After years of searching and trying to figure out what it is that gives that feeling of emotional depth and “umph” to a character, I finally found this post which nailed it for me: http://www.crackingyarns.com.au/2011/04/04/a-new-character-driven-heros-journey-2/
Copyright: Allen Palmer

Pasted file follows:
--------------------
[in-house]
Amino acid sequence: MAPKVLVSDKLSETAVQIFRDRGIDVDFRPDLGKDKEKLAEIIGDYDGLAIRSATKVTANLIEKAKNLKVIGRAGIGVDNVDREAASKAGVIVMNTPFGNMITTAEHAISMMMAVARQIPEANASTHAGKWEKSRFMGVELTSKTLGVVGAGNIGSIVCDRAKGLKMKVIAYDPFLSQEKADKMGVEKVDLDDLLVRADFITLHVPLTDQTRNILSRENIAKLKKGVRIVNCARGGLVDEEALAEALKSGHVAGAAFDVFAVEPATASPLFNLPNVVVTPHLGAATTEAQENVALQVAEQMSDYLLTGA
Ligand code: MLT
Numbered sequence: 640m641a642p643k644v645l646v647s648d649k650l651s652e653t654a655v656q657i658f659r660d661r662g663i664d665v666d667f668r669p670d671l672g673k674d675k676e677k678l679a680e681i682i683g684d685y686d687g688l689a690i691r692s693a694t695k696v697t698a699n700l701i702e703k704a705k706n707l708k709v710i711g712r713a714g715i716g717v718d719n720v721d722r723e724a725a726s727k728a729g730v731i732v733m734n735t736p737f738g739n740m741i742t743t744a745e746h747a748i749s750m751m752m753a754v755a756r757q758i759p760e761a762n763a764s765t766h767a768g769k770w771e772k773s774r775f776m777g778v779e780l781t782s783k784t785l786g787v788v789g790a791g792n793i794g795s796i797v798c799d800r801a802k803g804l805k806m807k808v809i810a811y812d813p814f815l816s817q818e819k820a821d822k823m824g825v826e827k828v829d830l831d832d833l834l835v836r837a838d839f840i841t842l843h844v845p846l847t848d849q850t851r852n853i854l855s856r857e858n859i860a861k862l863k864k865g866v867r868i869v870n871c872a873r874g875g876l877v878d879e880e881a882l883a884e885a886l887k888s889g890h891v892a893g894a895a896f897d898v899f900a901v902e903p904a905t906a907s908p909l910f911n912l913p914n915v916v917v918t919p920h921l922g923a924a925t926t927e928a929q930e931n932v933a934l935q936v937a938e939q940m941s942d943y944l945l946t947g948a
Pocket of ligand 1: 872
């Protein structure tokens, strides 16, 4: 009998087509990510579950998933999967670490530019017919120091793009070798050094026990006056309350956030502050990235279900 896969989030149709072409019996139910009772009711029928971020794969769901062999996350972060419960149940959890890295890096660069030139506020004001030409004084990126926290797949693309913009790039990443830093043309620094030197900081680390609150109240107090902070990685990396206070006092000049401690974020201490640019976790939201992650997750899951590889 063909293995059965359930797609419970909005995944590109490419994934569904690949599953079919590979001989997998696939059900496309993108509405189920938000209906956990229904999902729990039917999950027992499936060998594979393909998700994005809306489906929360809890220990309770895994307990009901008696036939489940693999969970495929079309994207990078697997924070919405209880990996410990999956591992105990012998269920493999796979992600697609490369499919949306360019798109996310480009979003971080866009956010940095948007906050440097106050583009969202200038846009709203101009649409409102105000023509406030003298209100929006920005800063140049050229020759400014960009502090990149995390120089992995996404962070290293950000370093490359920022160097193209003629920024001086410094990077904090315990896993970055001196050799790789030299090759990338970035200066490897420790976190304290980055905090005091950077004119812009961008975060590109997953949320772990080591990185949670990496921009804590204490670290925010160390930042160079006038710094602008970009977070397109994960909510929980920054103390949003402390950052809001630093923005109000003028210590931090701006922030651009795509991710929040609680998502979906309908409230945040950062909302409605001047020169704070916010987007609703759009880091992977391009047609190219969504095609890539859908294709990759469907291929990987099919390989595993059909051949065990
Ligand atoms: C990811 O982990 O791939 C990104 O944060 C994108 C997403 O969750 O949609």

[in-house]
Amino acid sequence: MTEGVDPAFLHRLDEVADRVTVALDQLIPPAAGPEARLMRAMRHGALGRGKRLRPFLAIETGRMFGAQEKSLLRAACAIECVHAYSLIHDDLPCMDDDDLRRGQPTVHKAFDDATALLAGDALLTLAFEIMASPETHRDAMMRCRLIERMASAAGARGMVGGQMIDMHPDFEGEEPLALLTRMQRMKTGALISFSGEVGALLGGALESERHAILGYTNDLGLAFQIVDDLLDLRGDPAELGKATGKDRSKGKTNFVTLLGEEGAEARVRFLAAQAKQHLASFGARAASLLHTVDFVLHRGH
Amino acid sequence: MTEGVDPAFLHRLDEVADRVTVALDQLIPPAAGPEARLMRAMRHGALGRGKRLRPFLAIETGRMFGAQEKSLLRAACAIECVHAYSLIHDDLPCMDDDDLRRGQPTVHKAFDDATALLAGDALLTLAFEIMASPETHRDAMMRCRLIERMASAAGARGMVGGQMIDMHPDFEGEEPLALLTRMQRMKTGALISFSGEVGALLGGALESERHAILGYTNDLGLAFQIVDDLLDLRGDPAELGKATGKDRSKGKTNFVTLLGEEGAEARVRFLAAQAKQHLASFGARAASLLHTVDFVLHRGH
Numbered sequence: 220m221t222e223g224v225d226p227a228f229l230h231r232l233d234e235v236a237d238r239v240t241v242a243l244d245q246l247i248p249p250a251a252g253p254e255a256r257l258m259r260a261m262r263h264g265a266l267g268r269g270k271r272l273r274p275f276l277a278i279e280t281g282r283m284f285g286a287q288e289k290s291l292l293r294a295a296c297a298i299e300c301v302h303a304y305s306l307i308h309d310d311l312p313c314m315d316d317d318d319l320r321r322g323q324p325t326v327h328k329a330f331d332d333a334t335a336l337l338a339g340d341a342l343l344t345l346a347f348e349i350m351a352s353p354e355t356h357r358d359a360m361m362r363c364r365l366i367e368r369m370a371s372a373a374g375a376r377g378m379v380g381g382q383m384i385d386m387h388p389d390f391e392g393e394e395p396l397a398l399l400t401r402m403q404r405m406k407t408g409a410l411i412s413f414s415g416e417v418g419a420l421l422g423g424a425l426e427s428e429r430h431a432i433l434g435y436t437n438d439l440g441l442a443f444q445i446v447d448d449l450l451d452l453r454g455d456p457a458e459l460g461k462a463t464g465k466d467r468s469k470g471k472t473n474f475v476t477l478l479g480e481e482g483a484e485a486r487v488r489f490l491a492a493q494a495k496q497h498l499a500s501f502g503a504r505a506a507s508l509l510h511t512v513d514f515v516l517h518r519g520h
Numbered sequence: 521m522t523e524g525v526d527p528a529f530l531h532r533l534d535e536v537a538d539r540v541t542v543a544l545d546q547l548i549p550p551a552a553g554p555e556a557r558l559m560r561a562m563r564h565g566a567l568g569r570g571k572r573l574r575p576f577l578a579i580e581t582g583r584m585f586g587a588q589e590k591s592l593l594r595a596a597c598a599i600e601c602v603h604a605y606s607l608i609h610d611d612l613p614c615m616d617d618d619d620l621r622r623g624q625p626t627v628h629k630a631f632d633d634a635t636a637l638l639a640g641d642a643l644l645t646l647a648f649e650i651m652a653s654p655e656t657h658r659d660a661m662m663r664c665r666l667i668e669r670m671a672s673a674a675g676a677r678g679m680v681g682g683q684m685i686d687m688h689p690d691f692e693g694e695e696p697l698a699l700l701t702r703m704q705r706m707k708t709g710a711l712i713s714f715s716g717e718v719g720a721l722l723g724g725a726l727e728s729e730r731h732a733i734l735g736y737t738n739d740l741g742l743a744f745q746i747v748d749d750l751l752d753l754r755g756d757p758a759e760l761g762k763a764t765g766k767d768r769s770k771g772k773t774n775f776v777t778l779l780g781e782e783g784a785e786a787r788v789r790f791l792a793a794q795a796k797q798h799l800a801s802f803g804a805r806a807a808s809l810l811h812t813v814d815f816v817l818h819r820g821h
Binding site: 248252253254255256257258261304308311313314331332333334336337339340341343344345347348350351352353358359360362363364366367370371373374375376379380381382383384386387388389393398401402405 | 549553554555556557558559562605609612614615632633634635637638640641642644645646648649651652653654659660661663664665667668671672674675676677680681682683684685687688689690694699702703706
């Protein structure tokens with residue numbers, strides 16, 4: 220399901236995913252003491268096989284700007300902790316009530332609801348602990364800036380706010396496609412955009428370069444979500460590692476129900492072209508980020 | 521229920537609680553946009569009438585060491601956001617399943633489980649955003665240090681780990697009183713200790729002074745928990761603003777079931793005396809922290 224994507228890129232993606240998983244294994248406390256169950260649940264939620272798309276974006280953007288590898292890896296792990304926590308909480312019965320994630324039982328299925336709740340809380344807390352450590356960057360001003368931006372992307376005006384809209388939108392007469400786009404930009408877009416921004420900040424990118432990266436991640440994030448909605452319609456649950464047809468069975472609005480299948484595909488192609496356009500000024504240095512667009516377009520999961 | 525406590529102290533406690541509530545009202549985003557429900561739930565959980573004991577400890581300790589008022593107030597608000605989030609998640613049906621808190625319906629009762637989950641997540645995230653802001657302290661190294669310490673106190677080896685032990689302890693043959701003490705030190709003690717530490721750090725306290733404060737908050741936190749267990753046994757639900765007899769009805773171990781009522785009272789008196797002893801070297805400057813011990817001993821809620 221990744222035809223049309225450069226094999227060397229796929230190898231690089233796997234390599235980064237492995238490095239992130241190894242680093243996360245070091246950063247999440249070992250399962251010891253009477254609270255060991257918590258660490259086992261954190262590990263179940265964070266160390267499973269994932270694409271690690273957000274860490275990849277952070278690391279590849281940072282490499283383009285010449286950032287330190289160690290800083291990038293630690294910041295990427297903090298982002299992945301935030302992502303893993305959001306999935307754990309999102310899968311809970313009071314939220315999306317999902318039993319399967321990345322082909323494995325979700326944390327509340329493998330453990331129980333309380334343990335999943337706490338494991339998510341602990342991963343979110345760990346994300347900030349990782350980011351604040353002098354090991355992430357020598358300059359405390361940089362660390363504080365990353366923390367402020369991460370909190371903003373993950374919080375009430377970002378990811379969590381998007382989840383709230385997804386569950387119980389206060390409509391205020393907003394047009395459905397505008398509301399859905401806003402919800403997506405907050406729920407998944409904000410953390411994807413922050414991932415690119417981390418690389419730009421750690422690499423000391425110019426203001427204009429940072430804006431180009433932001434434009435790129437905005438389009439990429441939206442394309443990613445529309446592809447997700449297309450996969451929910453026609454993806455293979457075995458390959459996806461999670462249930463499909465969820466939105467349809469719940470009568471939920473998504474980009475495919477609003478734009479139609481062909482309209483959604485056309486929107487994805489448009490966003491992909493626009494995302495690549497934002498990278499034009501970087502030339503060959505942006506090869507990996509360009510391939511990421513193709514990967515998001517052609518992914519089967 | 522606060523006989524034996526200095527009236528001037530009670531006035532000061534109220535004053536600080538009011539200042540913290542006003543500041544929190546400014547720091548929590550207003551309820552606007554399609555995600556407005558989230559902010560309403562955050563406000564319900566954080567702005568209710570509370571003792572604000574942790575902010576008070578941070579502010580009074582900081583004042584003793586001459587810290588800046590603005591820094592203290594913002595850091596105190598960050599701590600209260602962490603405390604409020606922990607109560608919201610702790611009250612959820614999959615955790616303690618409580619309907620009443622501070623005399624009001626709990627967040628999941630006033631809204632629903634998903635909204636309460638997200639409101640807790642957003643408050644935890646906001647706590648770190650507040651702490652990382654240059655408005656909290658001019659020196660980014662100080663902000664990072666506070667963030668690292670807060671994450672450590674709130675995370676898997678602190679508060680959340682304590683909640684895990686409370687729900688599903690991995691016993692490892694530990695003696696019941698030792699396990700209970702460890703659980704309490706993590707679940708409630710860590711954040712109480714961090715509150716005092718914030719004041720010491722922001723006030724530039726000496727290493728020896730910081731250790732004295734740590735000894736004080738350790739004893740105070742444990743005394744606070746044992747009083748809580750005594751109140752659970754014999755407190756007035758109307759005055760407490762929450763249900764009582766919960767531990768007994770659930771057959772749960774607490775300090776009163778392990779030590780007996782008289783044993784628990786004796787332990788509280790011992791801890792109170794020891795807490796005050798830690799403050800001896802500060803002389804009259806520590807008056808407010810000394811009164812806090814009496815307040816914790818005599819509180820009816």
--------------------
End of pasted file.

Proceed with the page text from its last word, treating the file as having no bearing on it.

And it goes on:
Ironically it wasn’t a site on novel writing but a script writing site. It talks about the necessary “transformation” of character that we’ve come to expect in much of modern writing. Now, this stuff isn’t new to me but I always got confused in applying the catchphrases to my own work, especially dealing with YA stuff. But after reading this post and others on this site, and synthesizing the insights with other items I’ve studied/read, I think at the end of the day what they’re all trying to say is that, over the course of the story the protagonist(s) need to grow emotionally. That growth can be positive or negative, and it can happen gradually or in an instant (much more dramatic) as all the inciting incidents come to bear in a flash of growth-provoking pressure. Two instances – again, citing movies, and ironically movies that the Crawling Yarns guy didn’t even like that much but that I did – are Sideways and Up in the Air. Technically, nothing climactic happens here: at the end of Sideways the protagonist is still single, lost, divorced; at the end of Up in the Air, George Clooney’s one anchoring relationship has gone up in smoke. BUT. You get the sense at the end of Sideways that Miles is moving emotionally out of the morass of his divorce; his love interest actually calls him back and tells him his screenplay doesn’t suck, and he is now able to receive that news positively instead of wallowing in self doubt. He’s looking forward to the future at last. And as for Clooney, at the end of the movie he has realized the shallowness of his current life, suggesting that he can now do something to change it. Oh, and a last one, Little Miss Sunshine: having lost the beauty pageant and the grandpa (dead) to boot, what did they accomplish? The triumph of a dysfunctional family pulling through instead of concentrating on their own selfish crap. Now, the stories I’m personally writing are much more traditionally dramatic, with an Big Evil to fight against and Lesser Bad Things on the way. And my imagination furnishes no lack of those. But it’s always been that subtle sense of inner transformation that’s eluded me in these epic, sprawling stories (I can nail that transformation well in short stories). In addition, character growth in a YA story is often – beat me here and yes, it’s a generalization – less nuanced than in grown up stories; by which I mean, since it is by definition a time of growth and searching for identity, typical character growth revolves around these themes (in a gazillion different ways of course). Whereas, adults aren’t usually portrayed as consciously searching for identity. So, I hope that’s helpful… PS. updates on novel? Still stuck at Chapter 17 and now feeling like I need to rethink the whole dam ending. Only about 5 chapters but pivotal. Ugh!